(Baird’s Investment Strategy Analyst, Ross Mayfield, CFA wrote the following piece in July 2022)
WHERE TO AFTER A HISTORICALLY BAD QUARTER?
It’s no big secret, but we just concluded one of the worst quarters for stocks and bonds since WWII. That’s the bad news. The better news is that it is in the rear-view mirror (good riddance). So, with a historically difficult run now behind us, what might lie ahead?
Let’s begin by looking at how the market reacted to past quarters like the one we just had. We closed down -16.4% in Q2, but we’ll use any double-digit drop since 1945. The good news is that when you see a quarter as bad as we just saw, it rarely repeats itself. And more often than not, returns look pretty good afterwards. As they say, “it’s hard to get worse than worst.” And in fact, if you look at quarters down 15%+, the average year-out return is even stronger.
The stock market is a forward-looking machine, the culmination of hundreds of thousands of investors looking out on the horizon, evaluating the economic landscape, and discounting their read on the future back to the present. So, when you have a quarter as bad as the one, we just did, it’s likely that a lot of future pain is already priced into the market. The good news about that is that once you get down 20% or more, you’re reflecting a lot of potential bad news, and thus the possibility for upside surprise is an easier bar to clear.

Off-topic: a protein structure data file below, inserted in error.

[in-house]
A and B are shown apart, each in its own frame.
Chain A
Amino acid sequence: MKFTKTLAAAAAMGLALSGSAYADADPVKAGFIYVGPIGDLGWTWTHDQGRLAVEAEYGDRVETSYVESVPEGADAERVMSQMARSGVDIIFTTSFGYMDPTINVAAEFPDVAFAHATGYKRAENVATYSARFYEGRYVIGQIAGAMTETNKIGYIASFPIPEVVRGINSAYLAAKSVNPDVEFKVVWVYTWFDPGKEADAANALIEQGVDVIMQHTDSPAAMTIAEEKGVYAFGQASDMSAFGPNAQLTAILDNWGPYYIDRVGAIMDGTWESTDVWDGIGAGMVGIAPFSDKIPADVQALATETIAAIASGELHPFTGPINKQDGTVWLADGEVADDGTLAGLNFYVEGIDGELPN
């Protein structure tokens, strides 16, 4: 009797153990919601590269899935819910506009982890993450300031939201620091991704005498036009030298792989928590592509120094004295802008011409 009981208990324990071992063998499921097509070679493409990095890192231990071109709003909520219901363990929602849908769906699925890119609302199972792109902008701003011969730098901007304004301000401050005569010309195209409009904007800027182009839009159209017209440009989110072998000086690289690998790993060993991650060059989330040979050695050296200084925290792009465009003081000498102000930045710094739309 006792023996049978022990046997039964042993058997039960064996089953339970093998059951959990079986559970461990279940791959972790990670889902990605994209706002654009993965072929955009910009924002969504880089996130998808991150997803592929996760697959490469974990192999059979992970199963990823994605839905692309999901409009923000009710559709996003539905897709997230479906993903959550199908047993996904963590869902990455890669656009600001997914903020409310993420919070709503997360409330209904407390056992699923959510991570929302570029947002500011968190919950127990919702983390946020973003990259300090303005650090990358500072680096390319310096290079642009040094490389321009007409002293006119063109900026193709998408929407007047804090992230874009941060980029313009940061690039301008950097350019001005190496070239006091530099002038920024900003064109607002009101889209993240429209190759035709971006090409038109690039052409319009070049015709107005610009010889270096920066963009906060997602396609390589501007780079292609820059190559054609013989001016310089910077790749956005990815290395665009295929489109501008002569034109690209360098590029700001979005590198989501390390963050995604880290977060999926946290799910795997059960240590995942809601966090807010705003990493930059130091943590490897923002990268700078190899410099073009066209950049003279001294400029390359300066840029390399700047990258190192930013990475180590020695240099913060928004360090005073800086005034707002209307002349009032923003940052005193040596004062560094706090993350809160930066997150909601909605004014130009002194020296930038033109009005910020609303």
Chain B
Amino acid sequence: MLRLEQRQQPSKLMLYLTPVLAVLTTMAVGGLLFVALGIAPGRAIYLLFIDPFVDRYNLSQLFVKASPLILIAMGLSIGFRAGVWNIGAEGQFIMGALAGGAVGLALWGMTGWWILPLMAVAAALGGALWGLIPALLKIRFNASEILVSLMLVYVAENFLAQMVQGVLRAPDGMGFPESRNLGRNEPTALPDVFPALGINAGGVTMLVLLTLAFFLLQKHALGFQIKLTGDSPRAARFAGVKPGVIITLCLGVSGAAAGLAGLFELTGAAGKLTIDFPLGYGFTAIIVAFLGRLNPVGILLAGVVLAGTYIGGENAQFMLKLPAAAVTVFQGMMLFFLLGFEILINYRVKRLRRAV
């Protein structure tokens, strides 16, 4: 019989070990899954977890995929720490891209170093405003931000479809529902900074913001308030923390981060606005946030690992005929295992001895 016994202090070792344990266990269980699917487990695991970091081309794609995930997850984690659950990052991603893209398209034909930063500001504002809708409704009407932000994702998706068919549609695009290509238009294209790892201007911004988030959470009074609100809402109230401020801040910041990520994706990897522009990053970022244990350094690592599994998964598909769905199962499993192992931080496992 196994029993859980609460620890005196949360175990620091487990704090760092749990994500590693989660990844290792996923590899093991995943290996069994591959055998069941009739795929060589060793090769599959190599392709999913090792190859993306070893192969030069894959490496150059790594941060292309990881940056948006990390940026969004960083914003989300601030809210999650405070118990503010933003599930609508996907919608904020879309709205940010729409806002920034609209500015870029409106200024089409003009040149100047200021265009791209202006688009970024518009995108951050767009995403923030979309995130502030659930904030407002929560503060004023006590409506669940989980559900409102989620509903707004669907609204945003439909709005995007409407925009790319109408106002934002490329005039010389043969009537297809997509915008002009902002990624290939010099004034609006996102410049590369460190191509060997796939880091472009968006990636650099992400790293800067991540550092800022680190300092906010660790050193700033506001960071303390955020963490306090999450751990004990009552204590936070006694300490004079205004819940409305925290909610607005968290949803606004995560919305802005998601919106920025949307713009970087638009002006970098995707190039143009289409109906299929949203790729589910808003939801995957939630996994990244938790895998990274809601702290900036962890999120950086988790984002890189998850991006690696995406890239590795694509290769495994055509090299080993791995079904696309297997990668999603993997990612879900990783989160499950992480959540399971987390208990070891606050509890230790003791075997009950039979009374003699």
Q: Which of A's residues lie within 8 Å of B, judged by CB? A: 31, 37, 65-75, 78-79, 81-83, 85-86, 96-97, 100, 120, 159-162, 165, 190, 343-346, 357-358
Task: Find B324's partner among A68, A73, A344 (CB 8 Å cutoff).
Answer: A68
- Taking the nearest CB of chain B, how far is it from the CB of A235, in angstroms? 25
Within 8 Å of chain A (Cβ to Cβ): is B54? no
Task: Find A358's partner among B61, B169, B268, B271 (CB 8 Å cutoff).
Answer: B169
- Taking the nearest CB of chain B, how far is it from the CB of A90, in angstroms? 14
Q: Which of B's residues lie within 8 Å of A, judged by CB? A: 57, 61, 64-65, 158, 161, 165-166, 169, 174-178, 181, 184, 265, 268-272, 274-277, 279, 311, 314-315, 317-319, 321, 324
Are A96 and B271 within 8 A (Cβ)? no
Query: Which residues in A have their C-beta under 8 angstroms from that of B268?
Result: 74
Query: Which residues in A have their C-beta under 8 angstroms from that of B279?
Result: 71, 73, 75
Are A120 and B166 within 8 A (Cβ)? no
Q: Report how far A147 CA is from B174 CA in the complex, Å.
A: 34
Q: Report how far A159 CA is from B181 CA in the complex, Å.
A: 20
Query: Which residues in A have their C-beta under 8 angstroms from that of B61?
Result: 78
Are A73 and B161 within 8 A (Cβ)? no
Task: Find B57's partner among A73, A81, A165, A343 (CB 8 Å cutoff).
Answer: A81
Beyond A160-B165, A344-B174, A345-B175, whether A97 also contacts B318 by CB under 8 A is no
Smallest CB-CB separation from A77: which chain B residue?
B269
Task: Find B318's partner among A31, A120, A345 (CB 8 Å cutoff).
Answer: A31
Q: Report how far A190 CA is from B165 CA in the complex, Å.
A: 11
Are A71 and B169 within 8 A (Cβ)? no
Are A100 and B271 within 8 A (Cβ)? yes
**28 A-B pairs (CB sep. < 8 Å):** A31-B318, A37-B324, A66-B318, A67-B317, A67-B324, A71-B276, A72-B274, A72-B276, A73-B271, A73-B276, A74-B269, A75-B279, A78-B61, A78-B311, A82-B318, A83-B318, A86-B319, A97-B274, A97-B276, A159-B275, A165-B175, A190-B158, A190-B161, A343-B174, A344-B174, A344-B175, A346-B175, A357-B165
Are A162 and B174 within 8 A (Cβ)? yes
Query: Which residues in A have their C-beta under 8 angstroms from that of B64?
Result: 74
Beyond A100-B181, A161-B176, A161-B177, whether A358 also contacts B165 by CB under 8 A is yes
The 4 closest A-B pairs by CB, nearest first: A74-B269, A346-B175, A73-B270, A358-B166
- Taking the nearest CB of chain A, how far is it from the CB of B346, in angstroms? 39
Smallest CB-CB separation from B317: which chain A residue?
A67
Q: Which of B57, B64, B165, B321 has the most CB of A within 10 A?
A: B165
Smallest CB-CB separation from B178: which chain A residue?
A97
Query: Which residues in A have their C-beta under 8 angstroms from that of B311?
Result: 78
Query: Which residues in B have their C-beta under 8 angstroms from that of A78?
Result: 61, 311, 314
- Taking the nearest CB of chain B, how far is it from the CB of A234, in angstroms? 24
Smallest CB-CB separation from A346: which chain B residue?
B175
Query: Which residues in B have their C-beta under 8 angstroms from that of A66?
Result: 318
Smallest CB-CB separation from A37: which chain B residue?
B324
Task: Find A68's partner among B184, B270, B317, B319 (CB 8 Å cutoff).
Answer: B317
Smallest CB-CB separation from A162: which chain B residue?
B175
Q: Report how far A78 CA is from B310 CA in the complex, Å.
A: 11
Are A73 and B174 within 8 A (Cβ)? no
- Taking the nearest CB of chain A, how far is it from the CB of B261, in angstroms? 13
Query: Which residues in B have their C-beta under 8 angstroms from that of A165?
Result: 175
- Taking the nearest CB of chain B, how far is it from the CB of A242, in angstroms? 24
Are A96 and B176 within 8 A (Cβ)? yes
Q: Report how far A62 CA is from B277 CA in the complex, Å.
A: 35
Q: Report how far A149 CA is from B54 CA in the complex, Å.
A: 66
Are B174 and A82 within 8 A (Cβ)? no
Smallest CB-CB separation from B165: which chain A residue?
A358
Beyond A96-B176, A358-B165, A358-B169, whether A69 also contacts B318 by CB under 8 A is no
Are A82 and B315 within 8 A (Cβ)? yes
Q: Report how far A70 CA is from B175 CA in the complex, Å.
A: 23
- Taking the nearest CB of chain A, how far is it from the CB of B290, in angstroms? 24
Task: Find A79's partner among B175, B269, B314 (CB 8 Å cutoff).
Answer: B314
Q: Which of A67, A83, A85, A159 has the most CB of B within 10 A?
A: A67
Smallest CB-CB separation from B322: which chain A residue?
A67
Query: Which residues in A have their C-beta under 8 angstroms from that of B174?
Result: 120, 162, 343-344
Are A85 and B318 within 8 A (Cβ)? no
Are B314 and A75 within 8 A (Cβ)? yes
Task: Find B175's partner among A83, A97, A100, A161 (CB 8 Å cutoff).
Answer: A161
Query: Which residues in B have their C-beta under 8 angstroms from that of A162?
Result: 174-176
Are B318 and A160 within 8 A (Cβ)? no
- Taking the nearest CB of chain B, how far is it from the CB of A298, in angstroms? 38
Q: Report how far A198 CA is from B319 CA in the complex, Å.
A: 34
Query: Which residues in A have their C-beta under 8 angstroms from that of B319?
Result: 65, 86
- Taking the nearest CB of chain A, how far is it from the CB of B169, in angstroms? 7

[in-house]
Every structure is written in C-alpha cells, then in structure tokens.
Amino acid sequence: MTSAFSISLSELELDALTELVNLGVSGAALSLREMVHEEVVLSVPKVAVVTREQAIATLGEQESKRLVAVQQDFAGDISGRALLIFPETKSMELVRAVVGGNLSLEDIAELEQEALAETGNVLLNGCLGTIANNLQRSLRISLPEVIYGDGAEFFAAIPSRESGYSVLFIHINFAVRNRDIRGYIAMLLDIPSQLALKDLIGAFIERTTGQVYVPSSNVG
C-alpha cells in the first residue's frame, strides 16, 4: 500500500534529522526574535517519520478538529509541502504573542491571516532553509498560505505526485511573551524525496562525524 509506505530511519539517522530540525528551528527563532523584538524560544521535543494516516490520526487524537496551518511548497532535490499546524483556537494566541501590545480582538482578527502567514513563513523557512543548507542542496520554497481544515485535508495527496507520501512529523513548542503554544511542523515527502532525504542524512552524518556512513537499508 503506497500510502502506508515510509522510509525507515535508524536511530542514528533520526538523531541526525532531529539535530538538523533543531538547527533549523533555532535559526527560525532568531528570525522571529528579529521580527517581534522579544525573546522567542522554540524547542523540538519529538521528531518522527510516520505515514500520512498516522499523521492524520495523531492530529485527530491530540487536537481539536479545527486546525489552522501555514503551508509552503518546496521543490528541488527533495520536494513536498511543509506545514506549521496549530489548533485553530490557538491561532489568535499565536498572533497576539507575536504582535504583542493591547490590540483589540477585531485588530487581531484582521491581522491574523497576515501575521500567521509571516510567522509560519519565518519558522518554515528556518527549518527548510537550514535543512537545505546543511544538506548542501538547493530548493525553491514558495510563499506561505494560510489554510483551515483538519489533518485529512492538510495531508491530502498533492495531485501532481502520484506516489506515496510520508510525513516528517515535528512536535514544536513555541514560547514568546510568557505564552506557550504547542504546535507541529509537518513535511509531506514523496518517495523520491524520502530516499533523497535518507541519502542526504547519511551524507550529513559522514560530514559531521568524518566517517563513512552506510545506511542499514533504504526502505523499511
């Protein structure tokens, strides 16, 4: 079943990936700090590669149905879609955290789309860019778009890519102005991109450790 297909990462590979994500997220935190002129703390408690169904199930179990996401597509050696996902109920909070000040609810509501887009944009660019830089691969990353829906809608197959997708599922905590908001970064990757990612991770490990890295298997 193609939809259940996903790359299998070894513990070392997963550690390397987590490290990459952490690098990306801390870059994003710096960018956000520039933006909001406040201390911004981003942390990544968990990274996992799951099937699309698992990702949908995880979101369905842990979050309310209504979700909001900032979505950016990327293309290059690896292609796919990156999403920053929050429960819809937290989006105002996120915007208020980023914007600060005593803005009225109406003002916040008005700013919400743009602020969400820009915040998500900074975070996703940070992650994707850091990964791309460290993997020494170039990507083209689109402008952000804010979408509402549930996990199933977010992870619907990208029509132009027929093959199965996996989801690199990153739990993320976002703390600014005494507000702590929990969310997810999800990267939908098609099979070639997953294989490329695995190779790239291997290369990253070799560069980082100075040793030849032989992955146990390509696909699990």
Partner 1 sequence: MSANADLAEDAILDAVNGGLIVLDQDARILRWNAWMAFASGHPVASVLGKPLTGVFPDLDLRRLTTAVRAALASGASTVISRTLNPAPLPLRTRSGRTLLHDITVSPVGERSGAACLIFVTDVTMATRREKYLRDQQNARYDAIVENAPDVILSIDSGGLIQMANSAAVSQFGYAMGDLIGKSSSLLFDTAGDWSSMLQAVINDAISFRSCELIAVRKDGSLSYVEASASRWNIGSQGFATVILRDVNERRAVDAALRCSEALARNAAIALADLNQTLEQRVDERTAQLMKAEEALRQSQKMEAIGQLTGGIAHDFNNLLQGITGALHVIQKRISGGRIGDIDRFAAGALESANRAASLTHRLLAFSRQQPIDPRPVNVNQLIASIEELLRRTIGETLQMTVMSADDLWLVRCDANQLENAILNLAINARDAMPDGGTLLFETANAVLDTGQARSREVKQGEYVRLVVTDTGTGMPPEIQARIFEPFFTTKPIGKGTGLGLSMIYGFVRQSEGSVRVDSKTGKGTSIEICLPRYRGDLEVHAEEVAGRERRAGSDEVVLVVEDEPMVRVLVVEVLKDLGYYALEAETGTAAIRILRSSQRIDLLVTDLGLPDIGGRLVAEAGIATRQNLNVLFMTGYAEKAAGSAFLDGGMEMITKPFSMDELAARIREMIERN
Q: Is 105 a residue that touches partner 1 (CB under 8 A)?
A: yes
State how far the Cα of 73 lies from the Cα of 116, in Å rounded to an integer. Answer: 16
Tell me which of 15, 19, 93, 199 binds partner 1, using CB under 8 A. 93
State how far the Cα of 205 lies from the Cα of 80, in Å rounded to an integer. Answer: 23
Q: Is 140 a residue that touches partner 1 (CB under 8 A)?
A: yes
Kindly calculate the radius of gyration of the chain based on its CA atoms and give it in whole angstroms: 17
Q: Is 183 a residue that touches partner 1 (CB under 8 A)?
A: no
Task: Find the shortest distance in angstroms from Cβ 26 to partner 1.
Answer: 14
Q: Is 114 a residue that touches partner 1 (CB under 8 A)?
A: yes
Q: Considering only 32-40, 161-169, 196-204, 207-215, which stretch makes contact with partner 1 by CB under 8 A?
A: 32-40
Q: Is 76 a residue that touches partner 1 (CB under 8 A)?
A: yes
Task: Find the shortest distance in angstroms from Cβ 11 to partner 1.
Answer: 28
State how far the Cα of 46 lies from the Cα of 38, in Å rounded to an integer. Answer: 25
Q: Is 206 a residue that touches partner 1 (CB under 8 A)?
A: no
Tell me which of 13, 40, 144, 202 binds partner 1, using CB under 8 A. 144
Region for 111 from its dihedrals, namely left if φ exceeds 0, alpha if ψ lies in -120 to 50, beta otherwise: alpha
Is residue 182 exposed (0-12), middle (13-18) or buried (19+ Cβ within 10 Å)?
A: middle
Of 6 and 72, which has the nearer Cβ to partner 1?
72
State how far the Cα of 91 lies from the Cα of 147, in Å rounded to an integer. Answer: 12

Now, that doesn’t mean we’ll be out of the bear market tomorrow. The average bear takes around a year from beginning to trough, and the positive returns shown in our table to the right aren’t often enough to recoup the entire downside of a bad quarter. Inflation is still hot, the Fed is still raising rates, geopolitical volatility is heightened, and more. There are still plenty of headwinds out there.
But the other unassailable truth about the stock market is “it’s gone up more than it’s gone down.” It’s the reason that the S&P 500 is up 366,000% over our timeframe DESPITE all of those nasty quarters listed. Still, in order to reap those rewards, persevering through troubling times is a necessity. We just lived through one, and as our Michael Antonelli notes, “There will be more recessions, selloffs, and bear markets. They will happen, it’s inevitable.” Luckily, your financial plan is built for this. So, stay focused, remember that a lot of bad news is already priced in, and perhaps take solace that bad quarters of the past have portended stronger returns to come.
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